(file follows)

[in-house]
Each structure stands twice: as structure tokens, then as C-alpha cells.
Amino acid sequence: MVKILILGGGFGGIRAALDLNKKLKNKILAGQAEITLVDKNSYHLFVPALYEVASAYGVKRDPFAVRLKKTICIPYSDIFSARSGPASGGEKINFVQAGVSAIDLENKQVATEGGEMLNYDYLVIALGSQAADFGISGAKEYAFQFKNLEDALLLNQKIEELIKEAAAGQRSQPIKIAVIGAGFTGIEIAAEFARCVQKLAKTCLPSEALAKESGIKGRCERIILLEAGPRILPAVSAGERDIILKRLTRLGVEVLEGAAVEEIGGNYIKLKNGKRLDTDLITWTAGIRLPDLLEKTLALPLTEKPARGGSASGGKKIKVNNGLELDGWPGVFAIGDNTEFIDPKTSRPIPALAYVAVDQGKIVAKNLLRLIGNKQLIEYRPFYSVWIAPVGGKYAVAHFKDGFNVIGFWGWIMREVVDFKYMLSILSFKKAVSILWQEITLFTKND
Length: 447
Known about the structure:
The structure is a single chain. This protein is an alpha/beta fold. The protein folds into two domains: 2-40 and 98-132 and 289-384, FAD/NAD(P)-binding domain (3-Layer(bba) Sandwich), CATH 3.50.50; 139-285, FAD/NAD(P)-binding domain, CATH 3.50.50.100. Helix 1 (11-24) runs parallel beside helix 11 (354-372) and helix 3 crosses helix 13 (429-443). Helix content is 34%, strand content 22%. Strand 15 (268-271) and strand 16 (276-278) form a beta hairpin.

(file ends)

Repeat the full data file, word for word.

[in-house]
Each structure stands twice: as structure tokens, then as C-alpha cells.
Amino acid sequence: MVKILILGGGFGGIRAALDLNKKLKNKILAGQAEITLVDKNSYHLFVPALYEVASAYGVKRDPFAVRLKKTICIPYSDIFSARSGPASGGEKINFVQAGVSAIDLENKQVATEGGEMLNYDYLVIALGSQAADFGISGAKEYAFQFKNLEDALLLNQKIEELIKEAAAGQRSQPIKIAVIGAGFTGIEIAAEFARCVQKLAKTCLPSEALAKESGIKGRCERIILLEAGPRILPAVSAGERDIILKRLTRLGVEVLEGAAVEEIGGNYIKLKNGKRLDTDLITWTAGIRLPDLLEKTLALPLTEKPARGGSASGGKKIKVNNGLELDGWPGVFAIGDNTEFIDPKTSRPIPALAYVAVDQGKIVAKNLLRLIGNKQLIEYRPFYSVWIAPVGGKYAVAHFKDGFNVIGFWGWIMREVVDFKYMLSILSFKKAVSILWQEITLFTKND
Length: 447
Known about the structure:
The structure is a single chain. This protein is an alpha/beta fold. The protein folds into two domains: 2-40 and 98-132 and 289-384, FAD/NAD(P)-binding domain (3-Layer(bba) Sandwich), CATH 3.50.50; 139-285, FAD/NAD(P)-binding domain, CATH 3.50.50.100. Helix 1 (11-24) runs parallel beside helix 11 (354-372) and helix 3 crosses helix 13 (429-443). Helix content is 34%, strand content 22%. Strand 15 (268-271) and strand 16 (276-278) form a beta hairpin.